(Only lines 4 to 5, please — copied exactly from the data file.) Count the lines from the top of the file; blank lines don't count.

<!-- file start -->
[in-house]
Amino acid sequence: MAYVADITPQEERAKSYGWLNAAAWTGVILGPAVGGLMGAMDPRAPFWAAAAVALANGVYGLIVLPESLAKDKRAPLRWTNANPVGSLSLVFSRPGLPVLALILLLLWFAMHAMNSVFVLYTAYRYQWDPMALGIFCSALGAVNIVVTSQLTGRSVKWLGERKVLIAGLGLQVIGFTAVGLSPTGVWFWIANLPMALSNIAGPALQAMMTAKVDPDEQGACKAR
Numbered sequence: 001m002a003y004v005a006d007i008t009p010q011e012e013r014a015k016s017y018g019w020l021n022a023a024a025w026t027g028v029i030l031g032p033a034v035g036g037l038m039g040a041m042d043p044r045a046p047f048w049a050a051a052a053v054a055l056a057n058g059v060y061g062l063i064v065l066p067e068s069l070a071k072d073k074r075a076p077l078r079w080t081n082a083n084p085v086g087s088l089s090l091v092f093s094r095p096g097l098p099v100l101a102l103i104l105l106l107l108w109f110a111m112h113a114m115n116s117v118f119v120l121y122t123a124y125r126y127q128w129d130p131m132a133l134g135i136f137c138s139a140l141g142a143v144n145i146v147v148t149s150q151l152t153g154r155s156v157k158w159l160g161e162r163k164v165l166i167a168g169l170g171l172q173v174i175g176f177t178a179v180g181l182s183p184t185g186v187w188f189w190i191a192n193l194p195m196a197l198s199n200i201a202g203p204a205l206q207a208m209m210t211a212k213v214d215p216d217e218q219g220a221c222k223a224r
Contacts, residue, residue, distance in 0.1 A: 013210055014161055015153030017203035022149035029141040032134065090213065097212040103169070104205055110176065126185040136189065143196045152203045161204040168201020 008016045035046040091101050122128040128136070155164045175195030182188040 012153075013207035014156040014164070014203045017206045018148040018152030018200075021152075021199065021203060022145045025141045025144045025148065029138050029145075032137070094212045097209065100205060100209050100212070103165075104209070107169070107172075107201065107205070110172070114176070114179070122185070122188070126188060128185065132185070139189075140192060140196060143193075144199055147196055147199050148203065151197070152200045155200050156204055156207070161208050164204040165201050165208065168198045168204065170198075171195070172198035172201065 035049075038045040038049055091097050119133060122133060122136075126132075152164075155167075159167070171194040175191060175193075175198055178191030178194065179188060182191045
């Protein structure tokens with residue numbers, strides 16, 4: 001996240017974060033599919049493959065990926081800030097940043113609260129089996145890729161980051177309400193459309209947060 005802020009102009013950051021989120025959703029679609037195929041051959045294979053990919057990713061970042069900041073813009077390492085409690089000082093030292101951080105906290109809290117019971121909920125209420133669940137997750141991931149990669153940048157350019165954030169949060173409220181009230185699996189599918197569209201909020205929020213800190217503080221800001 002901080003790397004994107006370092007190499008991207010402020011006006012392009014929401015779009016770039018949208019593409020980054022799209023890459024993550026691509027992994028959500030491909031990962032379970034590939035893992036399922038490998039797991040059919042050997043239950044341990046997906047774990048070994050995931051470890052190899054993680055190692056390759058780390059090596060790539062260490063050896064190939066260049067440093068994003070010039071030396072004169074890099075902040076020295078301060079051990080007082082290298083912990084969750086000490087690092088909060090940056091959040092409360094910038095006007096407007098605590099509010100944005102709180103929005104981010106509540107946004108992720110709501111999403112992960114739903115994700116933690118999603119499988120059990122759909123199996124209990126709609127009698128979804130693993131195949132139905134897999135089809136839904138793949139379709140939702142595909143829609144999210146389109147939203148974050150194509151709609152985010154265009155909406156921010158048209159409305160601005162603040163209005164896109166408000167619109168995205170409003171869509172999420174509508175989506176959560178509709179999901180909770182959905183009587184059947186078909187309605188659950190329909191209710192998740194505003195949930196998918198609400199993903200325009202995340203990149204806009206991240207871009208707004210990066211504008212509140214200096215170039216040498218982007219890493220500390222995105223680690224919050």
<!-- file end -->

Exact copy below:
Contacts, residue, residue, distance in 0.1 A: 013210055014161055015153030017203035022149035029141040032134065090213065097212040103169070104205055110176065126185040136189065143196045152203045161204040168201020 008016045035046040091101050122128040128136070155164045175195030182188040 012153075013207035014156040014164070014203045017206045018148040018152030018200075021152075021199065021203060022145045025141045025144045025148065029138050029145075032137070094212045097209065100205060100209050100212070103165075104209070107169070107172075107201065107205070110172070114176070114179070122185070122188070126188060128185065132185070139189075140192060140196060143193075144199055147196055147199050148203065151197070152200045155200050156204055156207070161208050164204040165201050165208065168198045168204065170198075171195070172198035172201065 035049075038045040038049055091097050119133060122133060122136075126132075152164075155167075159167070171194040175191060175193075175198055178191030178194065179188060182191045
């Protein structure tokens with residue numbers, strides 16, 4: 001996240017974060033599919049493959065990926081800030097940043113609260129089996145890729161980051177309400193459309209947060 005802020009102009013950051021989120025959703029679609037195929041051959045294979053990919057990713061970042069900041073813009077390492085409690089000082093030292101951080105906290109809290117019971121909920125209420133669940137997750141991931149990669153940048157350019165954030169949060173409220181009230185699996189599918197569209201909020205929020213800190217503080221800001 002901080003790397004994107006370092007190499008991207010402020011006006012392009014929401015779009016770039018949208019593409020980054022799209023890459024993550026691509027992994028959500030491909031990962032379970034590939035893992036399922038490998039797991040059919042050997043239950044341990046997906047774990048070994050995931051470890052190899054993680055190692056390759058780390059090596060790539062260490063050896064190939066260049067440093068994003070010039071030396072004169074890099075902040076020295078301060079051990080007082082290298083912990084969750086000490087690092088909060090940056091959040092409360094910038095006007096407007098605590099509010100944005102709180103929005104981010106509540107946004108992720110709501111999403112992960114739903115994700116933690118999603119499988120059990122759909123199996124209990126709609127009698128979804130693993131195949132139905134897999135089809136839904138793949139379709140939702142595909143829609144999210146389109147939203148974050150194509151709609152985010154265009155909406156921010158048209159409305160601005162603040163209005164896109166408000167619109168995205170409003171869509172999420174509508175989506176959560178509709179999901180909770182959905183009587184059947186078909187309605188659950190329909191209710192998740194505003195949930196998918198609400199993903200325009202995340203990149204806009206991240207871009208707004210990066211504008212509140214200096215170039216040498218982007219890493220500390222995105223680690224919050």